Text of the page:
The scoping exercise, conducted July–September 2014, included a range of sources accessed through various activities. Initially consultation meetings took place with key individuals in a range of hospital and community services, a social care team and a community multidisciplinary team (see Table 1). Each meeting took an informal conversational approach and lasted about 45 minutes, with notes taken and written up fully afterwards. Areas discussed were: what works well in care transfers from hospital to home for older people with complex needs; what works less well and needs improving; what are the training needs of staff involved; and how could training be delivered most effectively. The consultation process was iterative, with issues identified in earlier meetings raised for discussion during later meetings. To include patient perspectives, the project team reviewed results from SLIC’s survey of local patients over 65 years (n = 94) who had been discharged home from one of the two main hospitals in 2013. The literature review findings around discharge planning, patient, family and carer involvements as well as multi disciplinary team involvement were integrated with themes from the consultation meeting summaries and patient survey results, leading to a preliminary list of training needs, which were reviewed with staff (n = 23: nursing, medical, allied health and social work) on older people’s wards at the two main hospitals. Finally, observation of multi-disciplinary team (MDT) meetings on three older people’s wards, where care transfers were being discussed, took place. These meetings further highlighted the complexity of planning care transfers for older people returning home, the importance of knowing the patients and their home and family situation, and the need for effective interprofessional teams and integrated working across settings. The observation notes were reviewed against the training needs and confirmed that the proposed training content was comprehensive.

Table 1

Consultation meeting participants.

Role and service
Social Care team (n = 9 team members)
Hospital Matrons for older people’s wards (one from each acute hospital: n = 2)
Community team leads (n = 3)
Discharge Coordinator Managers (one from each acute hospital: n = 2)
Social work manager
Lead occupational therapist
Lead physiotherapist
Community multi-disciplinary team (occupational therapists, physiotherapists, nurses) (n = 12 team members)

The scoping exercise identified training needs within six key themes of: patient and family involvement, interprofessional working, integrated working, communication and documentation, assessment and the discharge process. Many staff considered that there was some progress in improving care transfer processes for older people with complex needs locally and most identified various current and recent SLIC projects that were having a positive impact. As regards delivery of training, there was strong support for simulation, interprofessional learning and the use of complex patient scenarios. Staff also identified that training opportunities that enabled them to learn more about each other’s roles, and service provision and resources across hospital and community, would be beneficial.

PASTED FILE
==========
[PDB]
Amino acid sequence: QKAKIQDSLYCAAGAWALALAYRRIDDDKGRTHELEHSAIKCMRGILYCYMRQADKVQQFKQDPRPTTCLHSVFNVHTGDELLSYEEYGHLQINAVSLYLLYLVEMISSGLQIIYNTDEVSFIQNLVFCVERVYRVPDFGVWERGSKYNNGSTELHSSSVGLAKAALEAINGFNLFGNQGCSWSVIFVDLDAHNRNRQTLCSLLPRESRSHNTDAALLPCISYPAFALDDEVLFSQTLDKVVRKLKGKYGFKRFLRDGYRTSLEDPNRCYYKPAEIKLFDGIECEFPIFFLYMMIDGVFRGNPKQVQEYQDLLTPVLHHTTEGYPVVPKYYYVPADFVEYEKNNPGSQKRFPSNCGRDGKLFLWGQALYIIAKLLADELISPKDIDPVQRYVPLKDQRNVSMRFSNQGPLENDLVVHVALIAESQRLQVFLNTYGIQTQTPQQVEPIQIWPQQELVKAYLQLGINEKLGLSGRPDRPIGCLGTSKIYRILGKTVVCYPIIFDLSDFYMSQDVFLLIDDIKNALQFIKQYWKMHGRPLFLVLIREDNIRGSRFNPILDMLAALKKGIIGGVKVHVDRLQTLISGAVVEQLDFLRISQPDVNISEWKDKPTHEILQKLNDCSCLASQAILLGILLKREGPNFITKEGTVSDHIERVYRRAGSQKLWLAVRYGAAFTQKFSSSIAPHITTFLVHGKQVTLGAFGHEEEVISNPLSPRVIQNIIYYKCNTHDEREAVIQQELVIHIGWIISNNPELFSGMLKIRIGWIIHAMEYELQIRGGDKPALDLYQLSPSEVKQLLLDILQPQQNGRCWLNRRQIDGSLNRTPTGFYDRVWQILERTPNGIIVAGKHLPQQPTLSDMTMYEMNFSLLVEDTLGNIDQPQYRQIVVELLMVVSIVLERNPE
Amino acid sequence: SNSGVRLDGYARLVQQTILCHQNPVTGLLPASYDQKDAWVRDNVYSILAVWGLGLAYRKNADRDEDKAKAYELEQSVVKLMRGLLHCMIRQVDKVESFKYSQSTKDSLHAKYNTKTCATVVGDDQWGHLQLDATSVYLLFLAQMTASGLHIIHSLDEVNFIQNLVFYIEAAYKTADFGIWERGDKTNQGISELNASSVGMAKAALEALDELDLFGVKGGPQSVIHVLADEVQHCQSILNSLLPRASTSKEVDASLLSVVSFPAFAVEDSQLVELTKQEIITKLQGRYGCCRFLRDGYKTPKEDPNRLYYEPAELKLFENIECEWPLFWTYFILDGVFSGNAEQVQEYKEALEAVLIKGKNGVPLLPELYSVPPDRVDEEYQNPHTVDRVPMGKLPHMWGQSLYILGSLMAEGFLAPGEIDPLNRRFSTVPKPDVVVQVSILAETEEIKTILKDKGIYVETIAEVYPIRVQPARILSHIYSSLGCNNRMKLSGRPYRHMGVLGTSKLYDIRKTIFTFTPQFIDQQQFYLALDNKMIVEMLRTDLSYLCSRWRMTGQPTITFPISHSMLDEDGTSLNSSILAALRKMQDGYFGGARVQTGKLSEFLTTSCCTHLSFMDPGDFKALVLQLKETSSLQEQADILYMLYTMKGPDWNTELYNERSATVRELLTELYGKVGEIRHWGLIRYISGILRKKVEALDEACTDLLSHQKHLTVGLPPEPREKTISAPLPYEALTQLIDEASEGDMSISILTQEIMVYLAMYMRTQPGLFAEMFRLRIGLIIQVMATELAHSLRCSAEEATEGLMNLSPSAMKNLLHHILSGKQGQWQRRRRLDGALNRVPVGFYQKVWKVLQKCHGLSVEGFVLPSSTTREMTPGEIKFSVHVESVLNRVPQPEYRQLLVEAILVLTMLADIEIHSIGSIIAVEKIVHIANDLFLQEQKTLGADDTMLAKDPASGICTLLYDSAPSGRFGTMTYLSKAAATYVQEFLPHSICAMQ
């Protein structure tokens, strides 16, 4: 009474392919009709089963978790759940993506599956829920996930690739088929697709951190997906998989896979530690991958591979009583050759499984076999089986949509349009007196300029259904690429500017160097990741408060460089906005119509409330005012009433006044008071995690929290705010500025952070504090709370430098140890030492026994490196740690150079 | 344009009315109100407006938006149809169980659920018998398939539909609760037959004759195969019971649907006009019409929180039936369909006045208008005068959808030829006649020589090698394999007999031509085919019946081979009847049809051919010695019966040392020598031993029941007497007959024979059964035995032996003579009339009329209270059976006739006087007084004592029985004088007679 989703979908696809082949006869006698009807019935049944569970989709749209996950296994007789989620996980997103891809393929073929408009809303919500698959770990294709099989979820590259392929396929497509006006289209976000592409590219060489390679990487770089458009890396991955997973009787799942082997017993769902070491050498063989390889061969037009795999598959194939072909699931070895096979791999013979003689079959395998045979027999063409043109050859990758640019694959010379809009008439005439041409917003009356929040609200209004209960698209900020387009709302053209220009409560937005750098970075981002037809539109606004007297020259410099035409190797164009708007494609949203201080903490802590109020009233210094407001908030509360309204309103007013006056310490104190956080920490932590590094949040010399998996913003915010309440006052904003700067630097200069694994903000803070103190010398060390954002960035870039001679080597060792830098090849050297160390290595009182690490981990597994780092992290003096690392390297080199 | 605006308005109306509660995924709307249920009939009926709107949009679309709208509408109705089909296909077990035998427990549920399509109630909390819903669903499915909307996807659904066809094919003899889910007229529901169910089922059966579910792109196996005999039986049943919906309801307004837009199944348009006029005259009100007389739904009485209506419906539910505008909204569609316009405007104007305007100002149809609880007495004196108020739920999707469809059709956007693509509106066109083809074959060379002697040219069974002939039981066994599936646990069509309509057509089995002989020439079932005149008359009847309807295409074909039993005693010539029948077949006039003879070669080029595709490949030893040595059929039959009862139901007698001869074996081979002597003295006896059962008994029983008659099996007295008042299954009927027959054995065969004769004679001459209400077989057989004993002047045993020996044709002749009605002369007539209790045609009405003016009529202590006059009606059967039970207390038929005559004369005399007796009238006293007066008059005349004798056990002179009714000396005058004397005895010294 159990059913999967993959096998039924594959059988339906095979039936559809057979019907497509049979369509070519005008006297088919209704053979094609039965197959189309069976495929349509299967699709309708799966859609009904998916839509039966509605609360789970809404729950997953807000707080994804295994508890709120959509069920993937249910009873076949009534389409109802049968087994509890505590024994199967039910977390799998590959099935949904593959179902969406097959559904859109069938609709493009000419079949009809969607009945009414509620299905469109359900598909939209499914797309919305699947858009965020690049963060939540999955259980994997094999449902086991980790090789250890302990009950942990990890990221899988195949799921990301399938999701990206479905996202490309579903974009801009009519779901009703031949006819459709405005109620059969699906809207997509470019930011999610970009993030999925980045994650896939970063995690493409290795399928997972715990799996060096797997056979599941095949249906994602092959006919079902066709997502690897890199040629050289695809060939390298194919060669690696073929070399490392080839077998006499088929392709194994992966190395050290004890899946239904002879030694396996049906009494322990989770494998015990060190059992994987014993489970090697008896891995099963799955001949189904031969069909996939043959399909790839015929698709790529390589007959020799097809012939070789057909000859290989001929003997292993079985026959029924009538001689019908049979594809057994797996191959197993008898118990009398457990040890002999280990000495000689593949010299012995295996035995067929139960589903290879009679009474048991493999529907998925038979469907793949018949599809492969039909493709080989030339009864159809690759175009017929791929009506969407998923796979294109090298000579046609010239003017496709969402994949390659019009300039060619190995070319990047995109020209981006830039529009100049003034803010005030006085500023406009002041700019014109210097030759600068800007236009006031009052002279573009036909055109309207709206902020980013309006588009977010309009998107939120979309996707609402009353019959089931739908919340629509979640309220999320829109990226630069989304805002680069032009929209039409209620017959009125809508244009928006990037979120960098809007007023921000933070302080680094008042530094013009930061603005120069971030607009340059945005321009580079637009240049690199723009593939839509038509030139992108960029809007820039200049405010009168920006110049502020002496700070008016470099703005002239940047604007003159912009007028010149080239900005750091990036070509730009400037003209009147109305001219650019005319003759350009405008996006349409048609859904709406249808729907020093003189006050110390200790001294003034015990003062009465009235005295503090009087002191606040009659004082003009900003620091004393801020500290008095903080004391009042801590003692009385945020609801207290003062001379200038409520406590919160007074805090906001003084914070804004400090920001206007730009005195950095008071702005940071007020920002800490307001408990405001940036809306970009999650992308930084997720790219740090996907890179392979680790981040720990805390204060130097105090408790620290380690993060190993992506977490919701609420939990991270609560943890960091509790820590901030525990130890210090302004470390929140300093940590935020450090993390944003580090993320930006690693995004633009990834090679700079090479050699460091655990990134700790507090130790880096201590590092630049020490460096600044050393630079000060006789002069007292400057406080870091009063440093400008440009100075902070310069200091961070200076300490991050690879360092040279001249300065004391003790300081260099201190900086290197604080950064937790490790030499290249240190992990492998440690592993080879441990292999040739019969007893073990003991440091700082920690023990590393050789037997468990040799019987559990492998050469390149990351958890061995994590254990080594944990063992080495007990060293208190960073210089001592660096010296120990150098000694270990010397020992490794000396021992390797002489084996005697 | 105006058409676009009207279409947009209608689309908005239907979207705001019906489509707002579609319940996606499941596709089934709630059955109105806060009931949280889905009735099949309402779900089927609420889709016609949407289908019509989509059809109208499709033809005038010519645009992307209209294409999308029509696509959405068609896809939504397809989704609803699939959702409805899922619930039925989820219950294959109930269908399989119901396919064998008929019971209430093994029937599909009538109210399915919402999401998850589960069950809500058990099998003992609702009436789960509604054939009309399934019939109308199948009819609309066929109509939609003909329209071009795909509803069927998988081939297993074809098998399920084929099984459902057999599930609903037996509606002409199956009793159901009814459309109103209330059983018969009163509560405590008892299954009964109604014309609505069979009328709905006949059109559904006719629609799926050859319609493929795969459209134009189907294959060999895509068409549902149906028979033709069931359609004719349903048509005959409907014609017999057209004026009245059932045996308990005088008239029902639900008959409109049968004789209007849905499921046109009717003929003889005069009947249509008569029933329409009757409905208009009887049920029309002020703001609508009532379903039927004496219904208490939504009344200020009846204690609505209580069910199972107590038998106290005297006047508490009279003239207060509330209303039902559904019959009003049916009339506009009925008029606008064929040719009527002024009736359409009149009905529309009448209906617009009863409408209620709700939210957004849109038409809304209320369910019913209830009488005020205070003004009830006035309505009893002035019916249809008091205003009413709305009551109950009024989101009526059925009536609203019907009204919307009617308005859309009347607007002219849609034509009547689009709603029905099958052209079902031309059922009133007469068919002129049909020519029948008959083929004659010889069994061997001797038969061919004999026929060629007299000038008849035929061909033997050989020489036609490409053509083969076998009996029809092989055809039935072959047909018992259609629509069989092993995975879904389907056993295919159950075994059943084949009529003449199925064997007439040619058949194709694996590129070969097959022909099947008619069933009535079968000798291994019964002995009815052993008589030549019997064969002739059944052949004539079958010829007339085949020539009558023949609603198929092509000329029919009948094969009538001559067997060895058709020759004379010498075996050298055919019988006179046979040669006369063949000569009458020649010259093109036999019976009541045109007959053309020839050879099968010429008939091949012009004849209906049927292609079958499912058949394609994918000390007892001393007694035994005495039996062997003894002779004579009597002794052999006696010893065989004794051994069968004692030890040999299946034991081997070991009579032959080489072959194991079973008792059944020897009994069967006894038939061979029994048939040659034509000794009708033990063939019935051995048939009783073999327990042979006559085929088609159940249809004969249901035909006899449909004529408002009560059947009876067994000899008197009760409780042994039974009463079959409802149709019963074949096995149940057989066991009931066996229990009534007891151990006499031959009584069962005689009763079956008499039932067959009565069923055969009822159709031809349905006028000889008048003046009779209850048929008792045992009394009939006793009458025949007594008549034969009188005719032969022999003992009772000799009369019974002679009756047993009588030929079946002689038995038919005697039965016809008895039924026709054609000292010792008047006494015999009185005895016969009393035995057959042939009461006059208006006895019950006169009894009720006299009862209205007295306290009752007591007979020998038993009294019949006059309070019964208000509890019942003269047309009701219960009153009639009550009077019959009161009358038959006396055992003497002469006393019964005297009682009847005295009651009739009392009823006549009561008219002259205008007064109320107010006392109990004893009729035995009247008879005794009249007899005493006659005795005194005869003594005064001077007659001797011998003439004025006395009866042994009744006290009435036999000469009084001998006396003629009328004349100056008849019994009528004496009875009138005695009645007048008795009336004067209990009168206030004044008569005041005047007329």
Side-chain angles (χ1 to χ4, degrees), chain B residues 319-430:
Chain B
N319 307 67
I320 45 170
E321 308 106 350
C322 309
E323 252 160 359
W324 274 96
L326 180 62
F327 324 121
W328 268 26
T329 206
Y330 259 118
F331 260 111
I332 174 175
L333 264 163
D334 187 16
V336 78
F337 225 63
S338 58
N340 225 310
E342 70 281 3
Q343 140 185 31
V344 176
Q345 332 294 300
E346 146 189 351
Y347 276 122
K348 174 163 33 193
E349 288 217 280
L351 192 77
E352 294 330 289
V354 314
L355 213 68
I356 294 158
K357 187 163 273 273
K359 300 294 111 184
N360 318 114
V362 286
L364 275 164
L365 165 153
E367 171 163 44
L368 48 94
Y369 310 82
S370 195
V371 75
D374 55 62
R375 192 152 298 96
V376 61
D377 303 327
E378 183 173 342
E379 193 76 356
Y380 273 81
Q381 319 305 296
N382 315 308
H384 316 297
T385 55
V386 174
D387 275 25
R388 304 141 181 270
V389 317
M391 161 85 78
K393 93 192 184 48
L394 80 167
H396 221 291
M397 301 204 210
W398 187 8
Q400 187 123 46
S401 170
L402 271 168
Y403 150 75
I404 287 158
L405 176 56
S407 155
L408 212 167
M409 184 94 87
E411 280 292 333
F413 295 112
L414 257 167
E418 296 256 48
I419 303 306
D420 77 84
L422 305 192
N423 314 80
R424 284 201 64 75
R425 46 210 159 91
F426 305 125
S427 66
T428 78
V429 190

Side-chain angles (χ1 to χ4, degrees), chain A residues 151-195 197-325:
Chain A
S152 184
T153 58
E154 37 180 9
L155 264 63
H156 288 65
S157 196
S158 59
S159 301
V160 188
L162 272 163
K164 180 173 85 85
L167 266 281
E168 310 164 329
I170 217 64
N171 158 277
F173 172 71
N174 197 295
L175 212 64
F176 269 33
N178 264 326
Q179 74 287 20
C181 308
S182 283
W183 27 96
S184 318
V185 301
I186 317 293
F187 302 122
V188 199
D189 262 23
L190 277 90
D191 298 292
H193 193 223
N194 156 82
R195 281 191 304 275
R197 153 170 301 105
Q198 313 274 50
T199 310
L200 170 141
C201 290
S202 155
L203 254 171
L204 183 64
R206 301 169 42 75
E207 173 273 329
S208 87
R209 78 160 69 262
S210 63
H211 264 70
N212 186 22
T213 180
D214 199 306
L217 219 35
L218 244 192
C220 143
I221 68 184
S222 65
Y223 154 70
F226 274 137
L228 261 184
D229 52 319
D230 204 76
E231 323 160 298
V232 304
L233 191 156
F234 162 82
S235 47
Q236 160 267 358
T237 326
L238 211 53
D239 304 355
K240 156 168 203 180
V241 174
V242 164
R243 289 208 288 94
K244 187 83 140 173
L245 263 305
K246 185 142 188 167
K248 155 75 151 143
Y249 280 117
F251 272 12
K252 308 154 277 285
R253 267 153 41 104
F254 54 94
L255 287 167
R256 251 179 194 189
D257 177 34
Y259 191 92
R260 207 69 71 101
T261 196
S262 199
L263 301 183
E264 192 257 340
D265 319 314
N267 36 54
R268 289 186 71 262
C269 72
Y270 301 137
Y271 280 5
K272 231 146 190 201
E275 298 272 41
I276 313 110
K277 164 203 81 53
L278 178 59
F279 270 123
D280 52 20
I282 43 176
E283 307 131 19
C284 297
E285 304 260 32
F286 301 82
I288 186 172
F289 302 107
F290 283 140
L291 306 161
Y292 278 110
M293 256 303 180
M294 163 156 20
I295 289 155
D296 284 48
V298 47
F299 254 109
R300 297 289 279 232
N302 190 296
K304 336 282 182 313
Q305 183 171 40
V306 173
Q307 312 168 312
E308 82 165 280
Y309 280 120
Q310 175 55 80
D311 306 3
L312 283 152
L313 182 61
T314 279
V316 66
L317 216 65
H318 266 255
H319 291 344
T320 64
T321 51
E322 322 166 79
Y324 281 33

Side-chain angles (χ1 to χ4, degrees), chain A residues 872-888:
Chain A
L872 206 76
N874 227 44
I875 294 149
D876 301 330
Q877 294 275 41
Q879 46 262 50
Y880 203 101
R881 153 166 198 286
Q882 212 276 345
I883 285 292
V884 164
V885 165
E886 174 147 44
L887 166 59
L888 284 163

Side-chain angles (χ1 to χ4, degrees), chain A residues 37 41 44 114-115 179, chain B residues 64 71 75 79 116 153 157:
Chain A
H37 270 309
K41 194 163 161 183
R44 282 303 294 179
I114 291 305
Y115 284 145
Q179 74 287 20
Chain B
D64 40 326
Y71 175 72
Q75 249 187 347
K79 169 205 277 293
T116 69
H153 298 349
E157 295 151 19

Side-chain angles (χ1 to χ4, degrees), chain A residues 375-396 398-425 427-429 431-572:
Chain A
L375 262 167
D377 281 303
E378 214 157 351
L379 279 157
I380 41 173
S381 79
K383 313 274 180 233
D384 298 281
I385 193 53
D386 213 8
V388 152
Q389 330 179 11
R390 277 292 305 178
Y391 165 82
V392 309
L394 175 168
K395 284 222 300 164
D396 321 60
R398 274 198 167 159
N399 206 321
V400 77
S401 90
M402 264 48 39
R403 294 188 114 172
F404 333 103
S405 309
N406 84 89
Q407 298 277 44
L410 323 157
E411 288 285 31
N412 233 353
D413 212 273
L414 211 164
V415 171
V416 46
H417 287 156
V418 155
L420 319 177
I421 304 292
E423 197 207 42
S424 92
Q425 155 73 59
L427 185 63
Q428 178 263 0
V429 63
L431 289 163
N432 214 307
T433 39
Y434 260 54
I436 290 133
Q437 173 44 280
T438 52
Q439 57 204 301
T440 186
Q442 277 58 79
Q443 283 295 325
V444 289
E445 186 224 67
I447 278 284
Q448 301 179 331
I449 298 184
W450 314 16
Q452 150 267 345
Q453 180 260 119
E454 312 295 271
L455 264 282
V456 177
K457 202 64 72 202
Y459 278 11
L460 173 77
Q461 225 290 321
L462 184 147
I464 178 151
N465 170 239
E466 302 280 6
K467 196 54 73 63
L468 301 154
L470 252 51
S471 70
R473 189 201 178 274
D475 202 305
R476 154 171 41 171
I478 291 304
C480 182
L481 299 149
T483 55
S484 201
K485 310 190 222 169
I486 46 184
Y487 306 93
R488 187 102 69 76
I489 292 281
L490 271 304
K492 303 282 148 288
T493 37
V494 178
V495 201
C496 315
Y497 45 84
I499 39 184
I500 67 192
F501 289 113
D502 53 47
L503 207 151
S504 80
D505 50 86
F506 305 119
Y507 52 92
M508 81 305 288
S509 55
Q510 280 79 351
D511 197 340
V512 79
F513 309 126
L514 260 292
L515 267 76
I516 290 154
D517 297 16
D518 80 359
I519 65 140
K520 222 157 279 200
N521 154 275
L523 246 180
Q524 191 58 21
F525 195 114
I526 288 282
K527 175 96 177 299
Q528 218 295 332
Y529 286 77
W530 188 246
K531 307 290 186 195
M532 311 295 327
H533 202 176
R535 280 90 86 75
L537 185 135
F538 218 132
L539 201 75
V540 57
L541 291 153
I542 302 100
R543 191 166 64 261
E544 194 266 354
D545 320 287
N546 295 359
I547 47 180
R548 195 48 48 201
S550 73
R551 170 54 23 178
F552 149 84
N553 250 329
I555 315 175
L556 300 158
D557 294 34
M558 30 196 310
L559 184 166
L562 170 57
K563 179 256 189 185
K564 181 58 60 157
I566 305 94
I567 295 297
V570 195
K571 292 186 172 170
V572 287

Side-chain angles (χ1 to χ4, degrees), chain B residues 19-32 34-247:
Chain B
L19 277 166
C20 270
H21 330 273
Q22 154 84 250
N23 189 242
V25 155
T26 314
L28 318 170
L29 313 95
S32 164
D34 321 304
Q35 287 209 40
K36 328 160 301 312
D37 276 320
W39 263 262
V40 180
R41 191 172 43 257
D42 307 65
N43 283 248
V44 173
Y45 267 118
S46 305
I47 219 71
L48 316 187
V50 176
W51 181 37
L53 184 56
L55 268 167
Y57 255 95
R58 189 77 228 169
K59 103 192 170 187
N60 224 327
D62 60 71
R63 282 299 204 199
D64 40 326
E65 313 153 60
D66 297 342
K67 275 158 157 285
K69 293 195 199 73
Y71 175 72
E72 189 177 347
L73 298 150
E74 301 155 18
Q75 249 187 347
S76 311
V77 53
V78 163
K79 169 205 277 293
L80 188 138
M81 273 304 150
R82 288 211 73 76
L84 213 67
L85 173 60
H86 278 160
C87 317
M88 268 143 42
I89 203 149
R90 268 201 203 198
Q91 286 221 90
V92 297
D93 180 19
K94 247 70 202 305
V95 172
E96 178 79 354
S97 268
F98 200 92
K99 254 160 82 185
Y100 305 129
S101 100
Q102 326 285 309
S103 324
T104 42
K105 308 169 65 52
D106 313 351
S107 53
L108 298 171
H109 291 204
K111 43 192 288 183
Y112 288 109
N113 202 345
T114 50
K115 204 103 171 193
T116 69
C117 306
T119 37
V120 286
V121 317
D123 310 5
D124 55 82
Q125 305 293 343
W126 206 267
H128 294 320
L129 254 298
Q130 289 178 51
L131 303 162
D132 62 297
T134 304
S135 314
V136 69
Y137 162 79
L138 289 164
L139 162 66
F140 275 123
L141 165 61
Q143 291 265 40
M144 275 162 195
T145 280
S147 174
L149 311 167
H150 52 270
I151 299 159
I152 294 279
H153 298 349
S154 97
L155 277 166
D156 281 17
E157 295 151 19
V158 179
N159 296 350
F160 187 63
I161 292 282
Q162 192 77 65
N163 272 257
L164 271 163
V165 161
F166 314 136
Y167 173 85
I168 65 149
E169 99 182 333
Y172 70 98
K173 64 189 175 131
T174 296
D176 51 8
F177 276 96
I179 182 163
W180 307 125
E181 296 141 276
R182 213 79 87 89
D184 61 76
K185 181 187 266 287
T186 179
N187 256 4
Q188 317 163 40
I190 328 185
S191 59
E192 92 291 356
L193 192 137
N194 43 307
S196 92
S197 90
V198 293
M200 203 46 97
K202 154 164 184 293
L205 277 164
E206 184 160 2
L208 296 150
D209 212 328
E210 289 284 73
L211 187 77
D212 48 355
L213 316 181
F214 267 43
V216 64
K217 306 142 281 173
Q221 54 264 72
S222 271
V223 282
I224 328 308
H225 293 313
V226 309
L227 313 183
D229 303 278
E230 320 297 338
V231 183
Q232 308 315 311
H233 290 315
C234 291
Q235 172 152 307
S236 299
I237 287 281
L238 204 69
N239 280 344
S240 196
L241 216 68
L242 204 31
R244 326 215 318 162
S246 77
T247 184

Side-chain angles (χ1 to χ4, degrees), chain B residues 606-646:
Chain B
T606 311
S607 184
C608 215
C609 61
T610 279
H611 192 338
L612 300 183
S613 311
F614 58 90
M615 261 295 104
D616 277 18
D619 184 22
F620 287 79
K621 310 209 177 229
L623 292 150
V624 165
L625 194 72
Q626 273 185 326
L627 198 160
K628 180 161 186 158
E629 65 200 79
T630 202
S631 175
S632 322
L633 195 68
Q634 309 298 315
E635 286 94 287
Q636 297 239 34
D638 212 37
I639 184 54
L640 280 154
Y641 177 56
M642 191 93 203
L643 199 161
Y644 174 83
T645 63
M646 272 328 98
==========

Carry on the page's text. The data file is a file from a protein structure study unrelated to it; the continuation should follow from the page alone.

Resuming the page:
Course Design

The aim of the course was to promote best practice for person-centred care transfers of older people with complex needs from hospital to home, with identified objectives being to:

  1. Draw upon shared experience and knowledge to identify and promote best practice for safe transfer of care from hospital to home;
  2. Develop and enhance participants’ care transition skills, including: effective communication, assessment and evaluation of individual patient needs, and the ability to work in an integrated way within a multi-agency, multi professional arena.

The course was interprofessional and comprised mixed-modality simulation activities including immersive and life-simulations, which reflected what staff do in their everyday practice within hospital and community environments. Simulation is defined as a method ‘to replace or amplify real experiences with guided experiences, often immersive in nature, that evoke or replicate substantial aspects of the real world in a fully interactive fashion’ [34]. Simulation-based education has been shown to increase patient safety and improve clinical and patient management skills [35, 36, 37]. The course closely reflected the themes identified in the scoping exercise and was designed to reflect a single patient’s journey from hospital to home with community care. The simulation scenarios were based on real life situations that local people described and were designed to reflect best practice and give participants the chance to learn in a safe and realistic environment. Professional actors served as simulated patients and family members during the scenarios. The participants also experienced the challenges older people with complex needs may experience when performing everyday activities, through wearing a suit that replicates physical constraints i.e. reduced movement, vision and hearing. Deliberate practice, reflection and feedback are the educational processes that underpin simulation [38], all of which were built into the course.